In Karrada, a mostly Shiite Baghdad neighborhood of large, tan houses owned by educated professionals and bureaucrats, the trim-bearded Hakim smiles from a large billboard in front of his headquarters. […] Less than a mile away in a bustling, working-class section of Karrada, in a poster hanging in a grimy sidewalk restaurant, the thick-bearded Sadr weeps.(1)Let’s not get so carried away with Shiite-Sunni rivalries that we overlook how class differences are playing out in Iraq’s political struggles. The Bush administration sees Abdul Aziz al-Hakim as a moderate and Moqtada al-Sadr as an extremist. But the labels say as much about economic status as militancy because both Shiite leaders command a militia.
The other day Dave Schuler sent me a New York Times December 20 article on Hakim’s efforts to forge a coalition of moderate Sunnis, Shiites, and Kurds, and which points up the power that Grand Ayatollah Ali al-Sistani still wields in Iraq’s political process. Yesterday Dave published the article alongside a December 21 Washington Post article that looks at the rivalry between Hakim and Sadr, and which calls into question the extent of Sistani’s power at this juncture.(1)
The Times tends to favor reporting on the CIA analysis of things, and the Post tends to reflect the analysis of the US Department of State. Yet both articles clearly indicate that the democratic process of maneuvering for compromise among rival factions and deal-making is alive and well in Iraq; this, despite the insurgency and rampages of the militias.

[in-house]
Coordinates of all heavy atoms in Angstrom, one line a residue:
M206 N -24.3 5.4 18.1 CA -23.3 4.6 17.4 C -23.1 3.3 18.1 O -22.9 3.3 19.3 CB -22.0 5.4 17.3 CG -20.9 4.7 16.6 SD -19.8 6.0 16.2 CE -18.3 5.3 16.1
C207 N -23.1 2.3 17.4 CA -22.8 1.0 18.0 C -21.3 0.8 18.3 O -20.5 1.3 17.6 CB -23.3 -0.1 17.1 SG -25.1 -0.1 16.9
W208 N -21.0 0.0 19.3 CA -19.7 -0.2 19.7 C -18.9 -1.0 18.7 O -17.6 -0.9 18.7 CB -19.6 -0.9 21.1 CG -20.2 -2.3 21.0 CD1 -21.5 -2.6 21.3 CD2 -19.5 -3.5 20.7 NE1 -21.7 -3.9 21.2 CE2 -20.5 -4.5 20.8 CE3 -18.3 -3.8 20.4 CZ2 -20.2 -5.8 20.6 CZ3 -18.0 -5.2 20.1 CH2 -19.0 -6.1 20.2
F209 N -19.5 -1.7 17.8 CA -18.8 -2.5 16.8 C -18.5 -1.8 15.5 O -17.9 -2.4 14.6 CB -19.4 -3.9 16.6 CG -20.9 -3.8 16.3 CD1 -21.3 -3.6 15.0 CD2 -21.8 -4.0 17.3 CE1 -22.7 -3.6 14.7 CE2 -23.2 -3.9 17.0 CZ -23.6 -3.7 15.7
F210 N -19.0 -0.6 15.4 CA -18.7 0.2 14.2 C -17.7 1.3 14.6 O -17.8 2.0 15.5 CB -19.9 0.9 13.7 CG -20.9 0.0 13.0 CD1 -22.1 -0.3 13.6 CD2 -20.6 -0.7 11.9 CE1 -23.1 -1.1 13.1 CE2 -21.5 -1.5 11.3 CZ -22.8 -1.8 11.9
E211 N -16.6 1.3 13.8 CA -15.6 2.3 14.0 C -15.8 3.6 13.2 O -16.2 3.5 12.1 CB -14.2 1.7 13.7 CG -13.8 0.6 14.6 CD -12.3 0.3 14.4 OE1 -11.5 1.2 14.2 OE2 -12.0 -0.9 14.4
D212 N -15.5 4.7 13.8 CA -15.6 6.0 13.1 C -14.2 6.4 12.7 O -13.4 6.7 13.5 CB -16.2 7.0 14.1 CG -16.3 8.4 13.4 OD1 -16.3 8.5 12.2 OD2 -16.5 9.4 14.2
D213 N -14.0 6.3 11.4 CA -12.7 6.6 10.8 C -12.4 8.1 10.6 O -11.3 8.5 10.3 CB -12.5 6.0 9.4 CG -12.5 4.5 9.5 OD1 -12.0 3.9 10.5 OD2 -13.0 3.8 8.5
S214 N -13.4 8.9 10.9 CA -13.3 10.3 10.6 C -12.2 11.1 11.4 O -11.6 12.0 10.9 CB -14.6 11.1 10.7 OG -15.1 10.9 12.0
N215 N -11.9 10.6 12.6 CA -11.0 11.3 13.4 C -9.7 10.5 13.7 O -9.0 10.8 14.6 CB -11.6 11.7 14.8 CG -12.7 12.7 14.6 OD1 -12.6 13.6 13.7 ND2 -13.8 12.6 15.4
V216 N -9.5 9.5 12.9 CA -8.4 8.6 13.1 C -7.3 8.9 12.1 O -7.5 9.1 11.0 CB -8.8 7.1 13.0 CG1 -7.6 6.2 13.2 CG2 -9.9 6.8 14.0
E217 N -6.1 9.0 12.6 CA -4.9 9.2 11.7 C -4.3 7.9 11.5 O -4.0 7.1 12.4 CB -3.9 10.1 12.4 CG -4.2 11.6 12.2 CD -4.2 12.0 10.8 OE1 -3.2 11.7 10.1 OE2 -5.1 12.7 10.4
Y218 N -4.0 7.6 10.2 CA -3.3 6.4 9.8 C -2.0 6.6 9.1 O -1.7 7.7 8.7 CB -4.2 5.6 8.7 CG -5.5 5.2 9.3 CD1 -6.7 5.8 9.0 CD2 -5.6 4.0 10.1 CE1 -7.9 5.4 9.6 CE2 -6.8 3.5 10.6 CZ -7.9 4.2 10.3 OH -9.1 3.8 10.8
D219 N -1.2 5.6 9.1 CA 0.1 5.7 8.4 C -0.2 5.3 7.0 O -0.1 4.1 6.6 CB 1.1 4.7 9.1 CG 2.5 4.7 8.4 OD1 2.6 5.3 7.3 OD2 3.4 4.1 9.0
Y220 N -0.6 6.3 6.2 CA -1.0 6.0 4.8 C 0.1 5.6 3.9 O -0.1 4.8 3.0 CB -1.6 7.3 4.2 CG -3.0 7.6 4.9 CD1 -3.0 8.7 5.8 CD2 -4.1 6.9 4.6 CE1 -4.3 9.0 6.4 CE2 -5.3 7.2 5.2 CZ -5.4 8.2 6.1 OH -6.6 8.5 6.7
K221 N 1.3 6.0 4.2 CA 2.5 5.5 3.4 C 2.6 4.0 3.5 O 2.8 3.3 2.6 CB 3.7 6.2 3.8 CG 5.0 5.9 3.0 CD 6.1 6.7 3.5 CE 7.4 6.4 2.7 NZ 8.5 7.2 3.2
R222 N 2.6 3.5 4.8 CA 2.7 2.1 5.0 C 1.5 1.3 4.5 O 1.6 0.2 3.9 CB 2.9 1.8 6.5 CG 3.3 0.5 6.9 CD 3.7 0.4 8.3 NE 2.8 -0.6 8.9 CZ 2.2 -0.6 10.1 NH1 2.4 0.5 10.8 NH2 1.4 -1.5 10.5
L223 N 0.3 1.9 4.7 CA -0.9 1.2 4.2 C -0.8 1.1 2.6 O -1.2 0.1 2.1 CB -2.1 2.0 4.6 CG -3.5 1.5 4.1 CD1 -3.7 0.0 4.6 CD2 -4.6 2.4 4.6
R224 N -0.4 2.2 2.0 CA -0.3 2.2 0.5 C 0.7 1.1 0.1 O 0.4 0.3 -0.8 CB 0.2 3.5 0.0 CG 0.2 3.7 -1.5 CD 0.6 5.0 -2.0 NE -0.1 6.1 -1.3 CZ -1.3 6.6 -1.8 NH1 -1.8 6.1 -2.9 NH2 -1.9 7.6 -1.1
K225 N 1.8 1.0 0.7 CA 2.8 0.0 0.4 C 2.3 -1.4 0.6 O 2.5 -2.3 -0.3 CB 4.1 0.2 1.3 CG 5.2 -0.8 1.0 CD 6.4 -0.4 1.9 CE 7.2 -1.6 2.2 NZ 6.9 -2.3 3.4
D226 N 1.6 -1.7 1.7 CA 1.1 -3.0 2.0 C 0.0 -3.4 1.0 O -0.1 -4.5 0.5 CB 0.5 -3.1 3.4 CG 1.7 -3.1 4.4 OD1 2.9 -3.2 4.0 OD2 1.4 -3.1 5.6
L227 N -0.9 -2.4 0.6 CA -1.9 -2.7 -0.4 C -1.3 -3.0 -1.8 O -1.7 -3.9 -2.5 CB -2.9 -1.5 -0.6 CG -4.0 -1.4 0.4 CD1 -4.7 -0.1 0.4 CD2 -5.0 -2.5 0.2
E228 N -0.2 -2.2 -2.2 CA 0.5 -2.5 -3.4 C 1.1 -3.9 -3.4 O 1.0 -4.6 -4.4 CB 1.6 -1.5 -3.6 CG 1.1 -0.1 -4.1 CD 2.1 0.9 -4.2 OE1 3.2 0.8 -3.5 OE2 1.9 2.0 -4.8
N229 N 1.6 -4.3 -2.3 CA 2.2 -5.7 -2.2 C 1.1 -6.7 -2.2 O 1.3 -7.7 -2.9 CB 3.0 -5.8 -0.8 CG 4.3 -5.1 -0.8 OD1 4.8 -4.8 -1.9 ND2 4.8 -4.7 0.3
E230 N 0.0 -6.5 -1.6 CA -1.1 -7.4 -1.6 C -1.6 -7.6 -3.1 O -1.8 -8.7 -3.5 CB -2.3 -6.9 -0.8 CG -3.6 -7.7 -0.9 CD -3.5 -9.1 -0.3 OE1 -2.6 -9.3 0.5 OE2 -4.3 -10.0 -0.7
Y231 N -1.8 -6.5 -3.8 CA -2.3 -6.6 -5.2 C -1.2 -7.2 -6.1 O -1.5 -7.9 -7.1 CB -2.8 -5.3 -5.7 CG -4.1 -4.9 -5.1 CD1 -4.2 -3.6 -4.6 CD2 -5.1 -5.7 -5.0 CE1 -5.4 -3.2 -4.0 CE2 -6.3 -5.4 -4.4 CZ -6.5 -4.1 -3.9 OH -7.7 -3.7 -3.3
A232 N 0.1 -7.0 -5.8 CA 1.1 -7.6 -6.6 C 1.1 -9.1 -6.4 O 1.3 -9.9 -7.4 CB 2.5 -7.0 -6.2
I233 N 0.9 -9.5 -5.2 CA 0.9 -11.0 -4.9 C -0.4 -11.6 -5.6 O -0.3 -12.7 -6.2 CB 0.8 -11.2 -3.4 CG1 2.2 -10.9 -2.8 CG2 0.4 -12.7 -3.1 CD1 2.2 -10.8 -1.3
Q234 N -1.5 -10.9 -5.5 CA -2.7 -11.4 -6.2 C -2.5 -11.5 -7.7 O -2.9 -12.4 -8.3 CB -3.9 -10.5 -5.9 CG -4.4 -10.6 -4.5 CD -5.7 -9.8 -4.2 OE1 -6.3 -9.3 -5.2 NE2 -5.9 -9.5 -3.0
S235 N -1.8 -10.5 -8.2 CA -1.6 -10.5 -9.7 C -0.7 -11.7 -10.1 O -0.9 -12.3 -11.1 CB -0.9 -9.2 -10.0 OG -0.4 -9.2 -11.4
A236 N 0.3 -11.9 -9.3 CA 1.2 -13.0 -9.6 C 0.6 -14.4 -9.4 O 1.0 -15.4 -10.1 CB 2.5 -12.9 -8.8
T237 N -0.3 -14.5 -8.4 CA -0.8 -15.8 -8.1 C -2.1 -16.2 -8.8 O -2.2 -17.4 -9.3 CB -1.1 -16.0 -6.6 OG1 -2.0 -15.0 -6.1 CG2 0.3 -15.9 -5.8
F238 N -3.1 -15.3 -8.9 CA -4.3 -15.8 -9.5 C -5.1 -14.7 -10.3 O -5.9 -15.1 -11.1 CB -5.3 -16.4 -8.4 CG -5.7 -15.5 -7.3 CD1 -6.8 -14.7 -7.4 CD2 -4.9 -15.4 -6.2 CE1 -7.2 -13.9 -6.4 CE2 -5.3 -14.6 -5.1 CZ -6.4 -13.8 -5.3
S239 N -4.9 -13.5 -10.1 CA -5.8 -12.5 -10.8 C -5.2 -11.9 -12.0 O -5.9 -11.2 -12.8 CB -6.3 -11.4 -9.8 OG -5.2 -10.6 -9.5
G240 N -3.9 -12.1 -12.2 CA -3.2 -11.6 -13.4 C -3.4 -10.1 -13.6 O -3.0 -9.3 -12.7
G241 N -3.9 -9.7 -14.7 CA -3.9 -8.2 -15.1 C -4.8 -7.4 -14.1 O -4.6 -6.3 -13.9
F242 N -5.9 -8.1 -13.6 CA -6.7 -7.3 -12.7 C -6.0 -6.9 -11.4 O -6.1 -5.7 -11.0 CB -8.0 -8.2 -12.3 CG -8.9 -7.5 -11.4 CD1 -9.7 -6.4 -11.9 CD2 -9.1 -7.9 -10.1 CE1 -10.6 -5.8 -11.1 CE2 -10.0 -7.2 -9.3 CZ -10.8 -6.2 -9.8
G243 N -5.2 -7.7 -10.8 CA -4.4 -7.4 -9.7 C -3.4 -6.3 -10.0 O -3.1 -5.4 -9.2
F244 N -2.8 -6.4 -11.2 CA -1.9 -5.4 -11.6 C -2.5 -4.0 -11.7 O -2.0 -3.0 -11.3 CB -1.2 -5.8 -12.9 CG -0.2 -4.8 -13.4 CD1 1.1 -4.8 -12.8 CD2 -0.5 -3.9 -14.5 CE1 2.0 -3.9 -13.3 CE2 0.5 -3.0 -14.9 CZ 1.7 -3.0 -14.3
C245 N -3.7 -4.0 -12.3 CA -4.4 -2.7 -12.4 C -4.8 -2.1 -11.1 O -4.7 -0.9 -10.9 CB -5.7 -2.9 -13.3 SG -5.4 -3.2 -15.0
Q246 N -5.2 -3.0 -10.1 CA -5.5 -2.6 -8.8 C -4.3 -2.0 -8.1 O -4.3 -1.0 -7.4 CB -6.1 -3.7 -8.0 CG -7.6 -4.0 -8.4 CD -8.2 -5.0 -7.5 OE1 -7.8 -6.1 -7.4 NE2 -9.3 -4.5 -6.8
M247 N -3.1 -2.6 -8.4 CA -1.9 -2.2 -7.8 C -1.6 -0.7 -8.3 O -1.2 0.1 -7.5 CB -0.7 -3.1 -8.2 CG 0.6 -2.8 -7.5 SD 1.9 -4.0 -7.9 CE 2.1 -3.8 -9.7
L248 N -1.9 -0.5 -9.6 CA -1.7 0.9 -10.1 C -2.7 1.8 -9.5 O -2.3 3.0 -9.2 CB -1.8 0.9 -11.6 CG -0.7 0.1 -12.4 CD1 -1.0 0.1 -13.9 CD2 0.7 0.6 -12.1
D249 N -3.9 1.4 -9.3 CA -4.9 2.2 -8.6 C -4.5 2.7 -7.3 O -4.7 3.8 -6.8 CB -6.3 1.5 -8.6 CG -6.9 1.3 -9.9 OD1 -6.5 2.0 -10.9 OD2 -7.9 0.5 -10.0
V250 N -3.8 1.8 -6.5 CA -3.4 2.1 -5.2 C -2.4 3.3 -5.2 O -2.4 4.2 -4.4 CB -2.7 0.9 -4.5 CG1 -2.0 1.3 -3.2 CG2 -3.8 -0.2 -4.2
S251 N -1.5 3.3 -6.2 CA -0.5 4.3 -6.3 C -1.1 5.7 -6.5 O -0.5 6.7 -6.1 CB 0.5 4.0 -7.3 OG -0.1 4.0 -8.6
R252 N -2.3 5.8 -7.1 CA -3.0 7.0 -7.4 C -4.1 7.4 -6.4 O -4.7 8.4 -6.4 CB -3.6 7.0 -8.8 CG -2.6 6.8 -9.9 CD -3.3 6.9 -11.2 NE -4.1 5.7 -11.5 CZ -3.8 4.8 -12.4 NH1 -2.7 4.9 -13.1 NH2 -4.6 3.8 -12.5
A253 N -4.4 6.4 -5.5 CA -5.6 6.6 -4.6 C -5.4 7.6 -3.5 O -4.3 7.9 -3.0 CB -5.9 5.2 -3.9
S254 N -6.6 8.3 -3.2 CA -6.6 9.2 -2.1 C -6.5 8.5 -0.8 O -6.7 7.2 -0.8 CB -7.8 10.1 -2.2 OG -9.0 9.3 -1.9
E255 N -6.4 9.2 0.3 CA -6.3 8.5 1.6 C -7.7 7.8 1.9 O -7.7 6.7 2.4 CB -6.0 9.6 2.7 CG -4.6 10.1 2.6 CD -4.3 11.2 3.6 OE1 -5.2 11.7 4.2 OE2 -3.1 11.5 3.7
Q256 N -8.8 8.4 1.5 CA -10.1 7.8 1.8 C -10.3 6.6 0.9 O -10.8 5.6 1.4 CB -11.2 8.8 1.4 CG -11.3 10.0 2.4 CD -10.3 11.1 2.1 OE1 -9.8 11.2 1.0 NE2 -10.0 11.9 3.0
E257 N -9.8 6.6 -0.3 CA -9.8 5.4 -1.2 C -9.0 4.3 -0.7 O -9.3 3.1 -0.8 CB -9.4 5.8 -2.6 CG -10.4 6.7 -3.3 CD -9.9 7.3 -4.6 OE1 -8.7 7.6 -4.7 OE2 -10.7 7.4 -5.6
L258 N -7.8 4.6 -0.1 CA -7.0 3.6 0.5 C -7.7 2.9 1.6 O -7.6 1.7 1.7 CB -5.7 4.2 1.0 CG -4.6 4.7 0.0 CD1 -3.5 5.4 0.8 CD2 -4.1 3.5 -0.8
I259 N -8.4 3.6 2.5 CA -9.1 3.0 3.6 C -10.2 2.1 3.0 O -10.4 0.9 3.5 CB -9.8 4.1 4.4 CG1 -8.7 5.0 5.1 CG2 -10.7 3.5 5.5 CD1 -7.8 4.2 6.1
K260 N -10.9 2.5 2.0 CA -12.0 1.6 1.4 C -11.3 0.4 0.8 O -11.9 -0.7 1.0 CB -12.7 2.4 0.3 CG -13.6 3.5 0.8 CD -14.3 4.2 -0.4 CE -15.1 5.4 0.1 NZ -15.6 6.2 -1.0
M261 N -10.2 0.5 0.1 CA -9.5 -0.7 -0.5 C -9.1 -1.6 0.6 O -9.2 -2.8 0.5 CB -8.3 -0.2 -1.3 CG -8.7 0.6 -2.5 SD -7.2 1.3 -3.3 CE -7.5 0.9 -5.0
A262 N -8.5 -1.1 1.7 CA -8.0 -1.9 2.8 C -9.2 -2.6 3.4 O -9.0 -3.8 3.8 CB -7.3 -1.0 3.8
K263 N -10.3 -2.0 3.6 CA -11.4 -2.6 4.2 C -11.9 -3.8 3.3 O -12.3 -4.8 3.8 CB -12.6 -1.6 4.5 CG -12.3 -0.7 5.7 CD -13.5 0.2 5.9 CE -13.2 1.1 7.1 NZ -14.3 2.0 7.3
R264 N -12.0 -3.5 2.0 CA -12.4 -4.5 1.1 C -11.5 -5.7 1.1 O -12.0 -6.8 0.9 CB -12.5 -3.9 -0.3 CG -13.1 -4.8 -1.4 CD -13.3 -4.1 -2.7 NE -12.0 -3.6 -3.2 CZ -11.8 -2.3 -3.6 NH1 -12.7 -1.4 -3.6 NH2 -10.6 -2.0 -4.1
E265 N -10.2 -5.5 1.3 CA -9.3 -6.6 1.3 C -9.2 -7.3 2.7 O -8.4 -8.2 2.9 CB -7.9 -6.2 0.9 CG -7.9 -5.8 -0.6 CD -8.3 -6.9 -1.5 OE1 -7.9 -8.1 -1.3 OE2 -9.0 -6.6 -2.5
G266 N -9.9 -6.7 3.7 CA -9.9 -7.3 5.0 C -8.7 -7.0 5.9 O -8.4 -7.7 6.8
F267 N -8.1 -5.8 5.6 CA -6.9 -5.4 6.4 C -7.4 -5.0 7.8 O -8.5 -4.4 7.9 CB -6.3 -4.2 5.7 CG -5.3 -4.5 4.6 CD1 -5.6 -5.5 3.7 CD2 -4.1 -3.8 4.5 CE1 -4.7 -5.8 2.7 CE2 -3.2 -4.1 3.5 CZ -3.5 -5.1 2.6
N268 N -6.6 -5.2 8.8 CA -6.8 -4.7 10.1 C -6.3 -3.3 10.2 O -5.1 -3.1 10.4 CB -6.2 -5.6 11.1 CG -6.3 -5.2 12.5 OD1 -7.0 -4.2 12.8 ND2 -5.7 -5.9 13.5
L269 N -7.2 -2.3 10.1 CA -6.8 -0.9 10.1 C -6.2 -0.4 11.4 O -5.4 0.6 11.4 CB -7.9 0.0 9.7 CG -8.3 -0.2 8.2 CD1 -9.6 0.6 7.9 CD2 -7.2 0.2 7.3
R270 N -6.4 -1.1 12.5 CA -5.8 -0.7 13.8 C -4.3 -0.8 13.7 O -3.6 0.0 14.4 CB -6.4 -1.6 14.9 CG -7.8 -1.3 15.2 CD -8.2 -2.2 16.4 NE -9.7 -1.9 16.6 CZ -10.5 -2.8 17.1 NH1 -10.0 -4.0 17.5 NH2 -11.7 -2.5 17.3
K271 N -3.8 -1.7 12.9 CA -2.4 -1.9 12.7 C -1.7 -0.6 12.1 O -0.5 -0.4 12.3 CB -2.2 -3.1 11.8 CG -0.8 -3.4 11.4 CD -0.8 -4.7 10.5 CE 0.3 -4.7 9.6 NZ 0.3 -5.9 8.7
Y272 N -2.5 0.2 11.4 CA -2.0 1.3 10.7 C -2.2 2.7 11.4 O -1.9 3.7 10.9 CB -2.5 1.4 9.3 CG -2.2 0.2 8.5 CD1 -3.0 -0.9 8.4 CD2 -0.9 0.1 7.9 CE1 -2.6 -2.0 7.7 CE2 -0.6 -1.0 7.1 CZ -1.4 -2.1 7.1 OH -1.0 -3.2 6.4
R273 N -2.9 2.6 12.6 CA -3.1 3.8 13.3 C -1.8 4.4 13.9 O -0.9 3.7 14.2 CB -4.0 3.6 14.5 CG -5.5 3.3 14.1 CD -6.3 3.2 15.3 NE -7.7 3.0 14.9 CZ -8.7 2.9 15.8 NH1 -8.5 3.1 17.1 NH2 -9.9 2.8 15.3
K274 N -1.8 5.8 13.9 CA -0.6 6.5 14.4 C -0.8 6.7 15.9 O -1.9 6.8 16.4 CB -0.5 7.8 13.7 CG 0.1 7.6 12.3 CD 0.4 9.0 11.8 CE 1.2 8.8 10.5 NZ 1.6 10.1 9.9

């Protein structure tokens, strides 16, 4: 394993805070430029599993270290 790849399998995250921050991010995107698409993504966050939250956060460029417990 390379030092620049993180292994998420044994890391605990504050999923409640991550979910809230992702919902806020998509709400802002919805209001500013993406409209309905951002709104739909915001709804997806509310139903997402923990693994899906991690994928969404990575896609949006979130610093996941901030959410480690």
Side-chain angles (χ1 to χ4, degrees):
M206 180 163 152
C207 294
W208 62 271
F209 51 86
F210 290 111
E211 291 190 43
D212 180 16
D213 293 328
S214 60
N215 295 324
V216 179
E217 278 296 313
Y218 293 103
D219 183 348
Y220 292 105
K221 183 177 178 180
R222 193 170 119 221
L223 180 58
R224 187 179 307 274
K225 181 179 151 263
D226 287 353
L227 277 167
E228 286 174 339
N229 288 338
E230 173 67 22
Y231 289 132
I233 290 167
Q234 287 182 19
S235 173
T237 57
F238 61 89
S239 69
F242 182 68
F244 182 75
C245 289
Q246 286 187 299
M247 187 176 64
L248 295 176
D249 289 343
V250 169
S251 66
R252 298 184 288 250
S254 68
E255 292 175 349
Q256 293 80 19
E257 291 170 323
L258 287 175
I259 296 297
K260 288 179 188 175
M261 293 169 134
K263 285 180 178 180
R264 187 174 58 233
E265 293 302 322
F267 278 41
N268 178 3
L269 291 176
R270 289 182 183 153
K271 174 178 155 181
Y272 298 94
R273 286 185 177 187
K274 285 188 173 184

Political events are moving very fast in Iraq. The Times article (filed December 19) noted Sadr’s boycott of the Parliament. By the 21st, the Associated Press reported that Sadr had ended the three-week boycott – surely as a maneuver to present himself as more moderate, as a challenge to Hakim’s moderate stance. From the Times article:
Since Mr. Sadr’s loyalists began boycotting the government last month, the Parliament has been unable to form a quorum, preventing the passage of laws. [Hakim's] new coalition is aimed at circumventing that kind of conflict, its leaders say, which is probably why Ayatollah Sistani is willing to lend his support.Clearly, Mookie no longer wants to be seen as an obstructionist -- at least not for the time being.
1) The quote is from The Washington Post’s article mentioned above. See The Glittering Eye post Three Clerics for links to the Times and Post pieces. Both articles are worth the read for background on events this January, which could take a dramatic turn when Bush announces a revised policy on dealing with Iraq’s insurgency.